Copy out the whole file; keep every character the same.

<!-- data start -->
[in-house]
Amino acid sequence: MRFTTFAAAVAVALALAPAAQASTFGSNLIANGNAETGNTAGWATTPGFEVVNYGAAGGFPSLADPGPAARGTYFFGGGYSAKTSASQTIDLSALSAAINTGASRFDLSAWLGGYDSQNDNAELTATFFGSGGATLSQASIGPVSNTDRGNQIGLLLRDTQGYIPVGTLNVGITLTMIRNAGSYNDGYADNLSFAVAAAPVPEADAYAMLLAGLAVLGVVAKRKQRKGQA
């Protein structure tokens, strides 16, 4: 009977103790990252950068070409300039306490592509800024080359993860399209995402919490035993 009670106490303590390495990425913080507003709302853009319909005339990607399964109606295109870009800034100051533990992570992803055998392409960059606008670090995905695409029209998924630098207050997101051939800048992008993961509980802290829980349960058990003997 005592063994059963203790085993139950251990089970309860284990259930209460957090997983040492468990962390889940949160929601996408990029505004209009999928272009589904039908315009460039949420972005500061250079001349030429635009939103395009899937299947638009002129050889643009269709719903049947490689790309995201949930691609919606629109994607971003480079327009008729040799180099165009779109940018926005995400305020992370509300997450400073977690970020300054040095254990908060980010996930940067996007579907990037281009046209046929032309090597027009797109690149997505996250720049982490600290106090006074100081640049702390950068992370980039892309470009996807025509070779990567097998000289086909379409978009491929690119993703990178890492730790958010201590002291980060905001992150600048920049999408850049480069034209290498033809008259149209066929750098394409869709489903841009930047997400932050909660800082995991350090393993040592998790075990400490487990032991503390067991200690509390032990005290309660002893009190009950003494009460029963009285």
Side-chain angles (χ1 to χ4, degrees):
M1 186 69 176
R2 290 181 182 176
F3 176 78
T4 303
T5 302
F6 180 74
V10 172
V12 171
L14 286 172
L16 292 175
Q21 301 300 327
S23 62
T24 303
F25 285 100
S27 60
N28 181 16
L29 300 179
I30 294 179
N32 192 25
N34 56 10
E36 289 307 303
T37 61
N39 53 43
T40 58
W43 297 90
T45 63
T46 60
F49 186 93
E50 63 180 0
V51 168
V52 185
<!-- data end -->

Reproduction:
[in-house]
Amino acid sequence: MRFTTFAAAVAVALALAPAAQASTFGSNLIANGNAETGNTAGWATTPGFEVVNYGAAGGFPSLADPGPAARGTYFFGGGYSAKTSASQTIDLSALSAAINTGASRFDLSAWLGGYDSQNDNAELTATFFGSGGATLSQASIGPVSNTDRGNQIGLLLRDTQGYIPVGTLNVGITLTMIRNAGSYNDGYADNLSFAVAAAPVPEADAYAMLLAGLAVLGVVAKRKQRKGQA
């Protein structure tokens, strides 16, 4: 009977103790990252950068070409300039306490592509800024080359993860399209995402919490035993 009670106490303590390495990425913080507003709302853009319909005339990607399964109606295109870009800034100051533990992570992803055998392409960059606008670090995905695409029209998924630098207050997101051939800048992008993961509980802290829980349960058990003997 005592063994059963203790085993139950251990089970309860284990259930209460957090997983040492468990962390889940949160929601996408990029505004209009999928272009589904039908315009460039949420972005500061250079001349030429635009939103395009899937299947638009002129050889643009269709719903049947490689790309995201949930691609919606629109994607971003480079327009008729040799180099165009779109940018926005995400305020992370509300997450400073977690970020300054040095254990908060980010996930940067996007579907990037281009046209046929032309090597027009797109690149997505996250720049982490600290106090006074100081640049702390950068992370980039892309470009996807025509070779990567097998000289086909379409978009491929690119993703990178890492730790958010201590002291980060905001992150600048920049999408850049480069034209290498033809008259149209066929750098394409869709489903841009930047997400932050909660800082995991350090393993040592998790075990400490487990032991503390067991200690509390032990005290309660002893009190009950003494009460029963009285």
Side-chain angles (χ1 to χ4, degrees):
M1 186 69 176
R2 290 181 182 176
F3 176 78
T4 303
T5 302
F6 180 74
V10 172
V12 171
L14 286 172
L16 292 175
Q21 301 300 327
S23 62
T24 303
F25 285 100
S27 60
N28 181 16
L29 300 179
I30 294 179
N32 192 25
N34 56 10
E36 289 307 303
T37 61
N39 53 43
T40 58
W43 297 90
T45 63
T46 60
F49 186 93
E50 63 180 0
V51 168
V52 185